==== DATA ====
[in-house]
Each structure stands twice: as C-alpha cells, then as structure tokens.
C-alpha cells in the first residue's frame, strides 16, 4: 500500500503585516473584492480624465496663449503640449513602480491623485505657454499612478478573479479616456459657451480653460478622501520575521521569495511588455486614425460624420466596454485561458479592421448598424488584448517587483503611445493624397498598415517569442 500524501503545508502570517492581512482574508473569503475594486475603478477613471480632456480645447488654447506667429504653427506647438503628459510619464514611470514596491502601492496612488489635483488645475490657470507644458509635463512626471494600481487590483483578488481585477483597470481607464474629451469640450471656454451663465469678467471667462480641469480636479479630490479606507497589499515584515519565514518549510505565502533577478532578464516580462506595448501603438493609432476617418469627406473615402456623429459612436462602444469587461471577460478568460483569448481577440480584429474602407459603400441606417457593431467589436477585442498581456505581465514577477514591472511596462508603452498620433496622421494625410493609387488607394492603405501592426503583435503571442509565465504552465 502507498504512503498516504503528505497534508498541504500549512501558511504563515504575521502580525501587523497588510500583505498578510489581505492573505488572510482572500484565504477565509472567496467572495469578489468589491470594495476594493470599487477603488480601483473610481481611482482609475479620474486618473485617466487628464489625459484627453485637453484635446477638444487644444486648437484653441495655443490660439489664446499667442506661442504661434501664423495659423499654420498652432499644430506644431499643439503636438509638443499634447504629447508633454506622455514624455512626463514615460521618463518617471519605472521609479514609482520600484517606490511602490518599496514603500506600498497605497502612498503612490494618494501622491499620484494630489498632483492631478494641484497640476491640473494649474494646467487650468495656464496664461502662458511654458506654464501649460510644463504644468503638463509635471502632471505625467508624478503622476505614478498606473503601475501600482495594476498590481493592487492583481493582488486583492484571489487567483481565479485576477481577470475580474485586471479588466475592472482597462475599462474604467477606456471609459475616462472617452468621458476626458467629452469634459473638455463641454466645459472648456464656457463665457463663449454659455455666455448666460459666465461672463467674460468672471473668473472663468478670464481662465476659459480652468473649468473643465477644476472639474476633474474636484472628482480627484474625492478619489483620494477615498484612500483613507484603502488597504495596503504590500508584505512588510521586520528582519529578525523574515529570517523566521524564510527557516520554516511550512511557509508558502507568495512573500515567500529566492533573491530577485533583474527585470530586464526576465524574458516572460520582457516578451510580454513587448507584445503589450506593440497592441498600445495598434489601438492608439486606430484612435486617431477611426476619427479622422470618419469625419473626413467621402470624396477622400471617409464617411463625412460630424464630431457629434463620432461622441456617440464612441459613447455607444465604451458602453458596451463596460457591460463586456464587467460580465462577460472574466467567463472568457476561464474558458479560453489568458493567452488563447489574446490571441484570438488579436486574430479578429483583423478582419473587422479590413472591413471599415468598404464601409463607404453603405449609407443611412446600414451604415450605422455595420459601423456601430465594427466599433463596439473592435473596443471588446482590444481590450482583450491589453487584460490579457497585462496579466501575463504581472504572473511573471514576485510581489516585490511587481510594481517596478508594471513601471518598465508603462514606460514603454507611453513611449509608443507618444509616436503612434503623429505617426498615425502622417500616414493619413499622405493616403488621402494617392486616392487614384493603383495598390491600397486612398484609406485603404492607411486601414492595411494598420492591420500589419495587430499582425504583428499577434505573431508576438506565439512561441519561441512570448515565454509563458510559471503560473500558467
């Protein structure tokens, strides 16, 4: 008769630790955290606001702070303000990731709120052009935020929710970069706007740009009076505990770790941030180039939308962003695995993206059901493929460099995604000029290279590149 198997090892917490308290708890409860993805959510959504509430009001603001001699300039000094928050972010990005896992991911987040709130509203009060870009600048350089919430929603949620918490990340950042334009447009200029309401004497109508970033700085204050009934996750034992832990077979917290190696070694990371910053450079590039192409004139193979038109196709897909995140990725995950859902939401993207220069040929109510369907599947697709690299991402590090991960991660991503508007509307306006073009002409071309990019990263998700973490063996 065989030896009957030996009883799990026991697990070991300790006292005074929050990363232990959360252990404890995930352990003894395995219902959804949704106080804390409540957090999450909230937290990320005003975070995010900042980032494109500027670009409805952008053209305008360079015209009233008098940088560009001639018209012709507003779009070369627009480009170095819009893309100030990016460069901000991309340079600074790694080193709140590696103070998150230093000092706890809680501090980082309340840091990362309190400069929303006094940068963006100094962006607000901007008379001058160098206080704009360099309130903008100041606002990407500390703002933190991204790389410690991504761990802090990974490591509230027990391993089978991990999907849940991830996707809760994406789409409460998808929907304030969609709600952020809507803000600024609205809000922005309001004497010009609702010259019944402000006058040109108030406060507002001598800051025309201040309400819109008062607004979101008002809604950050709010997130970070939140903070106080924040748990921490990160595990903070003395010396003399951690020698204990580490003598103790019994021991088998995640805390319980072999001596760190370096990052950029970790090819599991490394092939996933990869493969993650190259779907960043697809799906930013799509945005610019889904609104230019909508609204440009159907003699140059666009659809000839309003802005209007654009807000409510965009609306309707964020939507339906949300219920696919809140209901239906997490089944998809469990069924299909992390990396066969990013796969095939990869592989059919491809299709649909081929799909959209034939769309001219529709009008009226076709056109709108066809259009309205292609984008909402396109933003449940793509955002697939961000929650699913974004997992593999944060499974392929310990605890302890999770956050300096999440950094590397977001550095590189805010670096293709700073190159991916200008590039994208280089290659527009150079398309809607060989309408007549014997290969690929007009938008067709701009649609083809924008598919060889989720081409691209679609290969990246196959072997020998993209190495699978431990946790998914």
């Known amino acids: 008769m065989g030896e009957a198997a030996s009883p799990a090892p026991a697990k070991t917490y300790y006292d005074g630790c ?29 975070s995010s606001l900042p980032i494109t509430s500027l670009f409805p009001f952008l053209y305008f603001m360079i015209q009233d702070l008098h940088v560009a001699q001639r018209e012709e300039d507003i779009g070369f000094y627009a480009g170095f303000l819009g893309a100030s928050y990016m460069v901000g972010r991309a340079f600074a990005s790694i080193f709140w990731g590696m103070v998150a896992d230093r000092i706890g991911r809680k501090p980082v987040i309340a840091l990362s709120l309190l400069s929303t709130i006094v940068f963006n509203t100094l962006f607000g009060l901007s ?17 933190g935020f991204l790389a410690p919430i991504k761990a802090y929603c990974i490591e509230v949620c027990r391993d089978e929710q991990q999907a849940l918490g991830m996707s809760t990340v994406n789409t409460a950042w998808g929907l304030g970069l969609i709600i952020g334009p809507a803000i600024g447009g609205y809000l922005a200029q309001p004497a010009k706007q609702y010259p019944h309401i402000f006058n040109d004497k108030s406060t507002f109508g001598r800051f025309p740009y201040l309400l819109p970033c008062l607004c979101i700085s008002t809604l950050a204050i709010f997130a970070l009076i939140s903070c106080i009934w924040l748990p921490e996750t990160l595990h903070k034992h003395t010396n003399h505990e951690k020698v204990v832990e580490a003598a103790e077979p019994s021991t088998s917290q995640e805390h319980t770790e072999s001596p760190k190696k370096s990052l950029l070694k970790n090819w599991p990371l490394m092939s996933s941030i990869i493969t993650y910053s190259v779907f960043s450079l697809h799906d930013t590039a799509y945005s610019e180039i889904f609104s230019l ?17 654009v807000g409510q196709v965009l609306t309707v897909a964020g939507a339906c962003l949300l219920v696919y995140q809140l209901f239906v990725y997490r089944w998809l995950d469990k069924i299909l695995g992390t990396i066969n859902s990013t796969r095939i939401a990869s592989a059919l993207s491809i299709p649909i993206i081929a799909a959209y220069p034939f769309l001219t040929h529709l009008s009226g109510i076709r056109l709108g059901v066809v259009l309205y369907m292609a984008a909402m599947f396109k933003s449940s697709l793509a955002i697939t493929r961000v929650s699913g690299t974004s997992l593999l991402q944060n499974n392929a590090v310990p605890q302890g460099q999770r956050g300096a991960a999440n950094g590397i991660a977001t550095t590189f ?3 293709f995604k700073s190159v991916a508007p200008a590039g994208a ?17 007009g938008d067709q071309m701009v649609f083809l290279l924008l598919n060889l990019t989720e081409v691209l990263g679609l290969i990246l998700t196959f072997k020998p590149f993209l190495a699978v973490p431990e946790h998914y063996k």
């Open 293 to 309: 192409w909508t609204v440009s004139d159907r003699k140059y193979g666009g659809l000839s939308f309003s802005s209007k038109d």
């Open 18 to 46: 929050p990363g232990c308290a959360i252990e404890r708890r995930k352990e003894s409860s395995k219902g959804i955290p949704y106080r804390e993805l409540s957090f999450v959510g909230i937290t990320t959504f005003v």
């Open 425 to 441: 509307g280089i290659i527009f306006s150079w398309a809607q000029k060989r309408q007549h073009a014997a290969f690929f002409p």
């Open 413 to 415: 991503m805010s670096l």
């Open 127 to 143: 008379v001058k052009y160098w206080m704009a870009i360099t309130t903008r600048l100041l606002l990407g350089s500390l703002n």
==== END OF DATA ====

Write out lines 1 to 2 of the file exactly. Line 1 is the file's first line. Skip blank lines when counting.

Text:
[in-house]
Each structure stands twice: as C-alpha cells, then as structure tokens.